From the government wharf it's only a few minutes' walk along a path toward the east before you arrive at the cellar of an old house.
Its floor is crowded with trees and other growth. You can see an enormous boulder in the lower right of the next photo. That's the central hearth foundation.
The cellar's size and depth mark it as once having been the foundation of the island's most substantial house. This is what remains of the McNutts' presence on the island.
This house was built on 250 acres granted to Benjamin McNutt c. 1765. The DesBarres map of Port Campbell, executed in 1765, gives us good evidence of the McNutt presence on the island by that date. The McNutt lands are shaded light blue, and structures are noted. Benjamin built a house, cleared land, and established a farm here. He died in 1798, probably in his house on the island. He bequeathed his property to Martin McNutt, a relative and a local cooper.
Benjamin was the brother of Alexander McNutt (1725-1811), an Irish land agent active in Nova Scotia between 1761 and 1796. After their forcible deportation of the Acadians, which began in 1755, the British government needed new settlers for Nova Scotia. Alexander McNutt proposed large settlements of Ulster Irish here. Among his plans was a utopian community at Port Roseway Harbour (now Shelburne Harbour), to be called New Jerusalem.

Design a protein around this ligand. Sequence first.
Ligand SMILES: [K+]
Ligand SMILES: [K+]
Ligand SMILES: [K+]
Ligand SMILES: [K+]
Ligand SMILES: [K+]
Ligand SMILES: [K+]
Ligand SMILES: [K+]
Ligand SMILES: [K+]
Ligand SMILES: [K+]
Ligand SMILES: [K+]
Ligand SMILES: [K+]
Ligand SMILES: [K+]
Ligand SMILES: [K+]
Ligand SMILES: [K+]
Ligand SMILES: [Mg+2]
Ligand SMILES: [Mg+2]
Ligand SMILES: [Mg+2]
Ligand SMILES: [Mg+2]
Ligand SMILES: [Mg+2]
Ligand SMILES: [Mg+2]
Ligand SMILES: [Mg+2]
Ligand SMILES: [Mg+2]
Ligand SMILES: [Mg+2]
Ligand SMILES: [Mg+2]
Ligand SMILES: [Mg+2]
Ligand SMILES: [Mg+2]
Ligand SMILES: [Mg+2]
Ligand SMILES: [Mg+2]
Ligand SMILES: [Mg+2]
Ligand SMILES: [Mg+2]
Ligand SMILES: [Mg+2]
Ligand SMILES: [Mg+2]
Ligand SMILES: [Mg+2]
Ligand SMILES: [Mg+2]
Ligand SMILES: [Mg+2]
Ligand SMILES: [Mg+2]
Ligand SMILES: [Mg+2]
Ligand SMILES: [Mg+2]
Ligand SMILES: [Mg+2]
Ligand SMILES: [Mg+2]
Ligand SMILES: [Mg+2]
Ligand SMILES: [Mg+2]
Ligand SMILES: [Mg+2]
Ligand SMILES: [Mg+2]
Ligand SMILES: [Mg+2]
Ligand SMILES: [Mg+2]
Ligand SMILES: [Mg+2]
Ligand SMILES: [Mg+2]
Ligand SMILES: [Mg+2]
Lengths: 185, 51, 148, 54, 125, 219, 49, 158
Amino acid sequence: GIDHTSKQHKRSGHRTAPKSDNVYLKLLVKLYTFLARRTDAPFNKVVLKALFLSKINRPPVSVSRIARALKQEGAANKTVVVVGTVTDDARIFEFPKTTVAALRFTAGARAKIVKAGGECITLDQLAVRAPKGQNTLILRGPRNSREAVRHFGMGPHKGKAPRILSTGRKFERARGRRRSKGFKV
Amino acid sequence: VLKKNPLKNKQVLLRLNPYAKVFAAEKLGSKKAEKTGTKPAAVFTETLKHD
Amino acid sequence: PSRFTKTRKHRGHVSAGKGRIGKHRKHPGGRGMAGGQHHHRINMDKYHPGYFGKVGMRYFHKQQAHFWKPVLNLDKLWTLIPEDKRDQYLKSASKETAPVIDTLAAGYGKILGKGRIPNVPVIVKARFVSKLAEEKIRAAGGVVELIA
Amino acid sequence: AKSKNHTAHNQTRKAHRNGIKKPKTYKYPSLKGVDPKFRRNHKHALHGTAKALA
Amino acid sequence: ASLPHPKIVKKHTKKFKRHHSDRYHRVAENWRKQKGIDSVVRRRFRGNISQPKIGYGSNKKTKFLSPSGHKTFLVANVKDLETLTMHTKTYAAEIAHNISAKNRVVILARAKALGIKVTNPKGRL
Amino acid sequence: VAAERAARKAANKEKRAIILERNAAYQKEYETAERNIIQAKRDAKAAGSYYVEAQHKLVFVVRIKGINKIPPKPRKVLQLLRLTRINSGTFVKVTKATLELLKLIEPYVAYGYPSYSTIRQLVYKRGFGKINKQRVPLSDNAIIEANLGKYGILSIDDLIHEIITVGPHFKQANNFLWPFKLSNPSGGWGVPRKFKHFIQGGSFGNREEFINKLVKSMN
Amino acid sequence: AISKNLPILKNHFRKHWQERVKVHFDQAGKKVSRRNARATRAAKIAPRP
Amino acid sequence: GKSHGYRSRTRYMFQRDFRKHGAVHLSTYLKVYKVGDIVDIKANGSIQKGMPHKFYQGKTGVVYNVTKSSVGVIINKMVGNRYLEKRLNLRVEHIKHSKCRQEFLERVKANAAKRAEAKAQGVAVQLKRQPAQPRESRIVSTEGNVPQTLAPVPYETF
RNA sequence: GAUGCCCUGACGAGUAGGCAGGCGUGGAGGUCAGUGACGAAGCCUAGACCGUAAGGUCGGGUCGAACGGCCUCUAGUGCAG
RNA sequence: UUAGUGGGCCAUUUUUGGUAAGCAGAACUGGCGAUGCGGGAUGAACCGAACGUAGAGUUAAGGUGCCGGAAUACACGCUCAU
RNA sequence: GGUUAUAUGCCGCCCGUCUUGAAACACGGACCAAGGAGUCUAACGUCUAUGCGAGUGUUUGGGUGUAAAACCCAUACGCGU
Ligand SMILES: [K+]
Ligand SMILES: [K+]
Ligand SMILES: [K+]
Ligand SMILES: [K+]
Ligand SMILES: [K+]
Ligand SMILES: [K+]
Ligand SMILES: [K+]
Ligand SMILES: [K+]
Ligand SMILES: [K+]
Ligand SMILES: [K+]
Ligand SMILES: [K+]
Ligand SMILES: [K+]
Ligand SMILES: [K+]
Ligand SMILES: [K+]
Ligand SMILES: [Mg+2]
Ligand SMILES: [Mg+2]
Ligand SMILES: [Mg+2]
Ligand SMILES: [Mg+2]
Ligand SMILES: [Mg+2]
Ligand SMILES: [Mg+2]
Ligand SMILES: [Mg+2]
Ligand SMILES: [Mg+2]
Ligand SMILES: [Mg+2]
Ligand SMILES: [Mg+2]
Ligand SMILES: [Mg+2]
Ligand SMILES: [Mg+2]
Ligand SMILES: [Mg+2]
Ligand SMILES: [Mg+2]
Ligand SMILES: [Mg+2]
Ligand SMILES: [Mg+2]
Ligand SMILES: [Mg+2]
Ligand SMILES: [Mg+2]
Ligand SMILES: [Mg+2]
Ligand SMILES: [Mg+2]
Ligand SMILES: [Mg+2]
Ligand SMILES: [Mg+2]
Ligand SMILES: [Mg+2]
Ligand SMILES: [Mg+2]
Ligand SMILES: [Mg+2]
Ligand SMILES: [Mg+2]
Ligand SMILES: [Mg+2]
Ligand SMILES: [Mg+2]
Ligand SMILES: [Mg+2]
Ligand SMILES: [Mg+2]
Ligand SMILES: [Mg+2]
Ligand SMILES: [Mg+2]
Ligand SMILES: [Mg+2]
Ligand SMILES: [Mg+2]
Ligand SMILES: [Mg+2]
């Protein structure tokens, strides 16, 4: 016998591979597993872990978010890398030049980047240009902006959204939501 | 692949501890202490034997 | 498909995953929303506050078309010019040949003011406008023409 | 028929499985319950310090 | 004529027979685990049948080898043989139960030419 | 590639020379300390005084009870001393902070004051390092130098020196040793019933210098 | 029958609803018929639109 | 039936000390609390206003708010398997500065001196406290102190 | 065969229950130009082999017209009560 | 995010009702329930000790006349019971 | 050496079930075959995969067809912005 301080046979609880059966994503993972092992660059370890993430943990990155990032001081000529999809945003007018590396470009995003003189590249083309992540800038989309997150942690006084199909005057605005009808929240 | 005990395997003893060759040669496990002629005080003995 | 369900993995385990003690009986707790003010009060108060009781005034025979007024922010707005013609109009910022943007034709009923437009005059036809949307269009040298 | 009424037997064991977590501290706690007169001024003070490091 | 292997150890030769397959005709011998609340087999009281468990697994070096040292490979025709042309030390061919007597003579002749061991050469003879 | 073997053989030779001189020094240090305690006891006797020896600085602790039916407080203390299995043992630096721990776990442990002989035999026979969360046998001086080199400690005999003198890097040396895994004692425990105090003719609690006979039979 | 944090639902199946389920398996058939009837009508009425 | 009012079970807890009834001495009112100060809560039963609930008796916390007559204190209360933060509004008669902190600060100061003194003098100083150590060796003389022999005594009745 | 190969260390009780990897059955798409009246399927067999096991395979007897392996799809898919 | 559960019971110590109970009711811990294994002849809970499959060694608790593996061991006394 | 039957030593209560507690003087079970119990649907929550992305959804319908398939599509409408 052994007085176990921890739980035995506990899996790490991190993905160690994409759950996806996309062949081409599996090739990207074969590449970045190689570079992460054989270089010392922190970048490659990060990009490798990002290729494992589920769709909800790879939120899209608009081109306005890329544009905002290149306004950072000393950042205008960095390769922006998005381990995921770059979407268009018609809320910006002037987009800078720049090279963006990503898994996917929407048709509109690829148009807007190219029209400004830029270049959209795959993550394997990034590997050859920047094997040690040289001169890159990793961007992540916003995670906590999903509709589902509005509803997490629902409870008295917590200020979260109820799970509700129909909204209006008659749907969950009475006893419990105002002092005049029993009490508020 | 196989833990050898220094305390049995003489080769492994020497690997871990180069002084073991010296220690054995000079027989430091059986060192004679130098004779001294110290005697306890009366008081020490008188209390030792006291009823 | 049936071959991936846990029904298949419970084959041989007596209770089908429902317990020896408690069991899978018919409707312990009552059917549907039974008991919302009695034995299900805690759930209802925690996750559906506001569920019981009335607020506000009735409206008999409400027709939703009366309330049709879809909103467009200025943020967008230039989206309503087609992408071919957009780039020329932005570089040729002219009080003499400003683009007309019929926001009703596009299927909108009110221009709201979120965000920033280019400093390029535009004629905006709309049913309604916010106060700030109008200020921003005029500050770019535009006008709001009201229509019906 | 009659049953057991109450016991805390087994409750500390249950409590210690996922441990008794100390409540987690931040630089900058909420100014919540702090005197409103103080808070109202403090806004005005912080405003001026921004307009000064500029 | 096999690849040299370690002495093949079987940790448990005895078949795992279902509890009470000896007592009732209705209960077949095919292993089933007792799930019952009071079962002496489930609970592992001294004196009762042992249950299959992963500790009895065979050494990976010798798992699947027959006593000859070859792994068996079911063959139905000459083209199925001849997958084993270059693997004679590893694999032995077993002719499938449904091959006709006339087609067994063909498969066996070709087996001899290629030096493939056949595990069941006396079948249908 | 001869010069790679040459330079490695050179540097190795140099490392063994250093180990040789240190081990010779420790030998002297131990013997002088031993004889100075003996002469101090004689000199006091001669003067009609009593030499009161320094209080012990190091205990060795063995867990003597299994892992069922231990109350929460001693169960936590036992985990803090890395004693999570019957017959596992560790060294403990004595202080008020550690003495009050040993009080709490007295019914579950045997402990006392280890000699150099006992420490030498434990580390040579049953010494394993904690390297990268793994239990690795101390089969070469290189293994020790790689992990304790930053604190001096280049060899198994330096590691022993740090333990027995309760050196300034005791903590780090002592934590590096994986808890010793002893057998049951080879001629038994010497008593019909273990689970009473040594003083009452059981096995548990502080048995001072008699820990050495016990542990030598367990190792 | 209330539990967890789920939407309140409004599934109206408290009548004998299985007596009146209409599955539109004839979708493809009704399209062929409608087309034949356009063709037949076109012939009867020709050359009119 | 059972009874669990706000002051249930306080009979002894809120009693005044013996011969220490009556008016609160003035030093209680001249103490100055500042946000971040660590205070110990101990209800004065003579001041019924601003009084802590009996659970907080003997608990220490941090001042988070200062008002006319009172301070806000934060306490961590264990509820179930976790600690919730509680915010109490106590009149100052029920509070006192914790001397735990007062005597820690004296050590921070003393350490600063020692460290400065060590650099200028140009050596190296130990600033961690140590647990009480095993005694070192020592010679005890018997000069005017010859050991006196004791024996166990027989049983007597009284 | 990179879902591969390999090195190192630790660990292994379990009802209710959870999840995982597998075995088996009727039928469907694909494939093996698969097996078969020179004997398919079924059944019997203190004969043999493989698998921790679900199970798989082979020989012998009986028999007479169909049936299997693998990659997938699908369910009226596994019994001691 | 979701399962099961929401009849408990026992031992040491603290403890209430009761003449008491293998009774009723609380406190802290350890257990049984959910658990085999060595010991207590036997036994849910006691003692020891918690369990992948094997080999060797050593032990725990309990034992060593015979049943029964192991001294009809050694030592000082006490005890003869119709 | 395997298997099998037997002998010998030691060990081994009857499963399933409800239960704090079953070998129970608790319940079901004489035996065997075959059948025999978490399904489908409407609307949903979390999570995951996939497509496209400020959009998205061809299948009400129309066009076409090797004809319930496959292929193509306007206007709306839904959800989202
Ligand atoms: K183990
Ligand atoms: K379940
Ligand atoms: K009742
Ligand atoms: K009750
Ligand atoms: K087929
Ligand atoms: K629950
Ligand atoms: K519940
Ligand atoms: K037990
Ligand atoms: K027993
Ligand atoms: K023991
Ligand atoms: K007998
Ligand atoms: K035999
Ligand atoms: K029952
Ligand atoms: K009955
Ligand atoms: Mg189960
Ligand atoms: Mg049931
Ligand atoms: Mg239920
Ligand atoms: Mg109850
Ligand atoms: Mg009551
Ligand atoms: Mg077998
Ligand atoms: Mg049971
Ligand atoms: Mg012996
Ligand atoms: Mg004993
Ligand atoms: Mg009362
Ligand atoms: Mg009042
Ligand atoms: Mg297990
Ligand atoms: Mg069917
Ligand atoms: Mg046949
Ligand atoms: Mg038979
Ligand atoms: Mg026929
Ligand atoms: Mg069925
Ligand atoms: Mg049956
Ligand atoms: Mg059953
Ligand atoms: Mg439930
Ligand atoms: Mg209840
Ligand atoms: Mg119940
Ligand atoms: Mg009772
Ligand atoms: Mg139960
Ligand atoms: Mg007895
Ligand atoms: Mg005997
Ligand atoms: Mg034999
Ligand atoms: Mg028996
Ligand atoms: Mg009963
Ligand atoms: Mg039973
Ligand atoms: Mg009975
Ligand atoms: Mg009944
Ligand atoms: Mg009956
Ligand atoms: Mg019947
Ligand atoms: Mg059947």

McNutt's grand plans ended in failure. But as a part of his plan for Port Roseway, his brother Benjamin received this property on what was then called Roseneath Island. As Alexander's province-wide dreams faded, he came here to live.
During the American Revolution, American privateers attacked settlements on Nova Scotia's southwest coast. In 1778 a company of these privateers landed on the island and ransacked the McNutt house. Alexander McNutt travelled to Boston to complain to the Massachusetts Bay Council about the attack. In his complaint he described the loss of his sword, pistol and firelocks, scarlet and blue cloth, drawing box, books, silver spoons, silver buckles, gold lace and diamond rings. So we know he was living on the island at the time of the privateers' attack.
Tomorrow's post will talk about what happened to the house in the nineteenth and twentieth centuries, and how we know what we know about it (and how we wish we knew more).
Detail of the DesBarres map of Port Campbell now Shelburne, 1765, courtesy of NSARM.